Today, U.S. Sen. Al Franken (D-Minn.), who helped lead the charge last year to maintain reliable postal delivery for communities throughout Minnesota and around the country, issued the following statement in response to the news that the U.S. Postal Service will suspend Saturday letter delivery:
"I'm extremely disappointed that the Postal Service will be discontinuing Saturday delivery. Many Minnesotans rely on the mail to get their essentials like newspapers and paychecks, and for many parts of the state - especially rural communities - the U.S. Postal Service provides the only way to get something delivered. What's even more frustrating is that this could have been avoided had the House of Representatives simply taken up the bipartisan bill passed by the Senate last year. That legislation would have put the Postal Service on sounder financial footing and would have allowed rural communities to have greater say in the operation of local post offices. While I'm saddened by this turn of events, I will continue to fight to ensure Minnesotans have reliable and quality postal service they need."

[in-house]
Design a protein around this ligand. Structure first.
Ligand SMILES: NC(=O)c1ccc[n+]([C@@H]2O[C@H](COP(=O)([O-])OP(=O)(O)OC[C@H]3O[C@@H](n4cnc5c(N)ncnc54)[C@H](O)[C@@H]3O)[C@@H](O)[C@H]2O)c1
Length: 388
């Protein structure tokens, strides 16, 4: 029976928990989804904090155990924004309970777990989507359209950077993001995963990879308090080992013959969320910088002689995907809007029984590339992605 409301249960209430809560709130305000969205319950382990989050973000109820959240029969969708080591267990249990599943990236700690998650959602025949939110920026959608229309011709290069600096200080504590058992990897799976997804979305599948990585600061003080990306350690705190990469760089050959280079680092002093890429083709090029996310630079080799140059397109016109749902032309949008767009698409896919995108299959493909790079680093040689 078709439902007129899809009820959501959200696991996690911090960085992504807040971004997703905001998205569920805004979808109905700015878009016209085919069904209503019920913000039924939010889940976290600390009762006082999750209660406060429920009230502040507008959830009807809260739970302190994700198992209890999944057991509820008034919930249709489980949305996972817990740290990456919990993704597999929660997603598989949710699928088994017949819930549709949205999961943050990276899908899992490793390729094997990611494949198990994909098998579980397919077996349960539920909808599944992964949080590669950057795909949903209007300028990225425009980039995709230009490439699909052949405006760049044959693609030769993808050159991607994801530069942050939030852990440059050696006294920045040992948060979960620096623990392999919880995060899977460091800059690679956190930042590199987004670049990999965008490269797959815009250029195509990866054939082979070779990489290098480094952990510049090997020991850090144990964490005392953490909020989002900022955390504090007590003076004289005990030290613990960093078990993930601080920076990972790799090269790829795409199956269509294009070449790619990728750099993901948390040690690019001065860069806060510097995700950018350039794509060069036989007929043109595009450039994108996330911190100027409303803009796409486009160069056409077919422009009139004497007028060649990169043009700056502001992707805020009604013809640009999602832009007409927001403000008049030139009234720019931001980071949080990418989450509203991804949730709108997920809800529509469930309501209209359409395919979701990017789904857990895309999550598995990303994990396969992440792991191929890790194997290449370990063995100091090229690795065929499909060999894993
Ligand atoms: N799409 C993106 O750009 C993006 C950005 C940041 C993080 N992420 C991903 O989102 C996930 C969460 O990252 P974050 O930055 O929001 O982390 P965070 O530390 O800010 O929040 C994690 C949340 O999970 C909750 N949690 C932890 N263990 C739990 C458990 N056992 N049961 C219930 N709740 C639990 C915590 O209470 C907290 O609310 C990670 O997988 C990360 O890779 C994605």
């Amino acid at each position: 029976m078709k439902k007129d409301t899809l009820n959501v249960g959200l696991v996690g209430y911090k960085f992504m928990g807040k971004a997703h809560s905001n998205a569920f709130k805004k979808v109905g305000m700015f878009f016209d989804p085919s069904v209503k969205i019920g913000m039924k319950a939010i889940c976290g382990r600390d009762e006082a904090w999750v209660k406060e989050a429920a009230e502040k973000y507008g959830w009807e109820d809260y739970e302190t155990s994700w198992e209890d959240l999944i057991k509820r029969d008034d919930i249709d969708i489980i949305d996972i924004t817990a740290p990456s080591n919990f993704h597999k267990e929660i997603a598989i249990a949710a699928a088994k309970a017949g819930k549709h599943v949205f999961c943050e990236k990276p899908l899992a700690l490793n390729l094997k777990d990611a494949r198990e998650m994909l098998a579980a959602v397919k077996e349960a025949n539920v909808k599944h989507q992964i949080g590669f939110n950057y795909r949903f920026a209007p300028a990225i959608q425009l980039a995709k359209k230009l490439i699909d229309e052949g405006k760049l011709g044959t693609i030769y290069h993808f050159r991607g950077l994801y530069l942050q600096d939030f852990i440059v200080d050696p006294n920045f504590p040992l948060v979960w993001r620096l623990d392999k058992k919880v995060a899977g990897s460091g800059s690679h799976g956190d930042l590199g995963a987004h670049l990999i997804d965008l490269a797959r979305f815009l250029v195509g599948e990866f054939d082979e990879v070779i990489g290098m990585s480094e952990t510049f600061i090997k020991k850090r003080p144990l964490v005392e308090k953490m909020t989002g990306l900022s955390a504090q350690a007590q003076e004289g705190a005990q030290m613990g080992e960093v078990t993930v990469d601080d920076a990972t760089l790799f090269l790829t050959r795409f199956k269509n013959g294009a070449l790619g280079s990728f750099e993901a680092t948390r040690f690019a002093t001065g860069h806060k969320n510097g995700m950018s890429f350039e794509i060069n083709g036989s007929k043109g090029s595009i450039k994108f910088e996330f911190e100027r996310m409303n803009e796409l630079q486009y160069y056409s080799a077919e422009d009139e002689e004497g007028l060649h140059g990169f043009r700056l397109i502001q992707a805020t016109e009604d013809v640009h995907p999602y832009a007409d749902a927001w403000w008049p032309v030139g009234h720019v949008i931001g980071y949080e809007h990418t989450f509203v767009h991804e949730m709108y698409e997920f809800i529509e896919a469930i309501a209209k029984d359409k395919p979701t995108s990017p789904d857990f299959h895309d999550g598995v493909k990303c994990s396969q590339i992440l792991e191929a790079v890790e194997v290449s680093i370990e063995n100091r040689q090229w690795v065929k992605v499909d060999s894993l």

Sen. Franken has long been fighting 5-day postal delivery, and was among the Senate's most vocal advocates to prevent the closure of post offices and processing centers throughout Minnesota. In December 2011, he joined a small group of his Senate colleagues to successfully urge the Postmaster General to hold off on future closings until Congress could pass a postal reform plan.
The bipartisan Postal Reform bill passed in the Senate last year included an amendment championed by Sen. Franken that would have given the Postal Regulatory Commission the power to overturn scheduled post office and processing center closures when communities or individuals make a compelling case to keep the facility open. The bill would also have helped solve the fiscal problems facing the postal service by reducing the requirement that the Postal Service pre-fund retiree healthcare benefits. No other agency or private company has this requirement. The House of Representatives never voted on the legislation.